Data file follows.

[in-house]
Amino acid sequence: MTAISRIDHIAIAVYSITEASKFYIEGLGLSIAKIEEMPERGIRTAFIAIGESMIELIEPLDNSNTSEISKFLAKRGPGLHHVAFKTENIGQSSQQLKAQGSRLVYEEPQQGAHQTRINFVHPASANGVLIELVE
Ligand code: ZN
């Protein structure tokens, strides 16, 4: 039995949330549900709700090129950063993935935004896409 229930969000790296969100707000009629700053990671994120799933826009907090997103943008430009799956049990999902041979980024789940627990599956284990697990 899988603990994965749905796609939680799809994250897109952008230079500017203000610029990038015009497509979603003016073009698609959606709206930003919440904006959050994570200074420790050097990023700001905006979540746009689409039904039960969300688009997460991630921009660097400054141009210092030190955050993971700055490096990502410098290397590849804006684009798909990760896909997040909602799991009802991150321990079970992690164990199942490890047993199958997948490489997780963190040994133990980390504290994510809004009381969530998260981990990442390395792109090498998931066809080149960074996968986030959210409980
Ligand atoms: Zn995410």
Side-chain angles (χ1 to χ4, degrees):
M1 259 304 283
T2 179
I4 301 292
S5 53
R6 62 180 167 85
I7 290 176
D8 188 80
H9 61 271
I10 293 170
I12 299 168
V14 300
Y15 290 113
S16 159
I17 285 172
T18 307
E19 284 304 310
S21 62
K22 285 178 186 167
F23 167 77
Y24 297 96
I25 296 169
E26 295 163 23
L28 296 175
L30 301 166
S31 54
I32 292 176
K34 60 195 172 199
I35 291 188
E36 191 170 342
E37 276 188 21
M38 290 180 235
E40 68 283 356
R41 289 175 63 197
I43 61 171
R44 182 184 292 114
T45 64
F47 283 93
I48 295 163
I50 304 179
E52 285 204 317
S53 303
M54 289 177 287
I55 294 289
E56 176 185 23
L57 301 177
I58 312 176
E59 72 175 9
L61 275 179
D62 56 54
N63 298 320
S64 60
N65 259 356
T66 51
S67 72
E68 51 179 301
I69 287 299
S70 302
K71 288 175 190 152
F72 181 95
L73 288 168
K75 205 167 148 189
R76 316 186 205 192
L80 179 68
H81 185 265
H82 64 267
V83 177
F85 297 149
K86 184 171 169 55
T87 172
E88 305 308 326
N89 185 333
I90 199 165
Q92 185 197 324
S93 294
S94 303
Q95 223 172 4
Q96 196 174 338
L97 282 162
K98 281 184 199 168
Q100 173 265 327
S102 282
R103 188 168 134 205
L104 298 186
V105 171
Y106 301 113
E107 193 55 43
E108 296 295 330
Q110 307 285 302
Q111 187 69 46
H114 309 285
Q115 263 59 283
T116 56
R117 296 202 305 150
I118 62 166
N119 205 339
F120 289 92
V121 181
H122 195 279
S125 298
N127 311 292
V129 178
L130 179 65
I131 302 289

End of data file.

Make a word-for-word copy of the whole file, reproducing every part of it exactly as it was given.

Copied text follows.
[in-house]
Amino acid sequence: MTAISRIDHIAIAVYSITEASKFYIEGLGLSIAKIEEMPERGIRTAFIAIGESMIELIEPLDNSNTSEISKFLAKRGPGLHHVAFKTENIGQSSQQLKAQGSRLVYEEPQQGAHQTRINFVHPASANGVLIELVE
Ligand code: ZN
């Protein structure tokens, strides 16, 4: 039995949330549900709700090129950063993935935004896409 229930969000790296969100707000009629700053990671994120799933826009907090997103943008430009799956049990999902041979980024789940627990599956284990697990 899988603990994965749905796609939680799809994250897109952008230079500017203000610029990038015009497509979603003016073009698609959606709206930003919440904006959050994570200074420790050097990023700001905006979540746009689409039904039960969300688009997460991630921009660097400054141009210092030190955050993971700055490096990502410098290397590849804006684009798909990760896909997040909602799991009802991150321990079970992690164990199942490890047993199958997948490489997780963190040994133990980390504290994510809004009381969530998260981990990442390395792109090498998931066809080149960074996968986030959210409980
Ligand atoms: Zn995410």
Side-chain angles (χ1 to χ4, degrees):
M1 259 304 283
T2 179
I4 301 292
S5 53
R6 62 180 167 85
I7 290 176
D8 188 80
H9 61 271
I10 293 170
I12 299 168
V14 300
Y15 290 113
S16 159
I17 285 172
T18 307
E19 284 304 310
S21 62
K22 285 178 186 167
F23 167 77
Y24 297 96
I25 296 169
E26 295 163 23
L28 296 175
L30 301 166
S31 54
I32 292 176
K34 60 195 172 199
I35 291 188
E36 191 170 342
E37 276 188 21
M38 290 180 235
E40 68 283 356
R41 289 175 63 197
I43 61 171
R44 182 184 292 114
T45 64
F47 283 93
I48 295 163
I50 304 179
E52 285 204 317
S53 303
M54 289 177 287
I55 294 289
E56 176 185 23
L57 301 177
I58 312 176
E59 72 175 9
L61 275 179
D62 56 54
N63 298 320
S64 60
N65 259 356
T66 51
S67 72
E68 51 179 301
I69 287 299
S70 302
K71 288 175 190 152
F72 181 95
L73 288 168
K75 205 167 148 189
R76 316 186 205 192
L80 179 68
H81 185 265
H82 64 267
V83 177
F85 297 149
K86 184 171 169 55
T87 172
E88 305 308 326
N89 185 333
I90 199 165
Q92 185 197 324
S93 294
S94 303
Q95 223 172 4
Q96 196 174 338
L97 282 162
K98 281 184 199 168
Q100 173 265 327
S102 282
R103 188 168 134 205
L104 298 186
V105 171
Y106 301 113
E107 193 55 43
E108 296 295 330
Q110 307 285 302
Q111 187 69 46
H114 309 285
Q115 263 59 283
T116 56
R117 296 202 305 150
I118 62 166
N119 205 339
F120 289 92
V121 181
H122 195 279
S125 298
N127 311 292
V129 178
L130 179 65
I131 302 289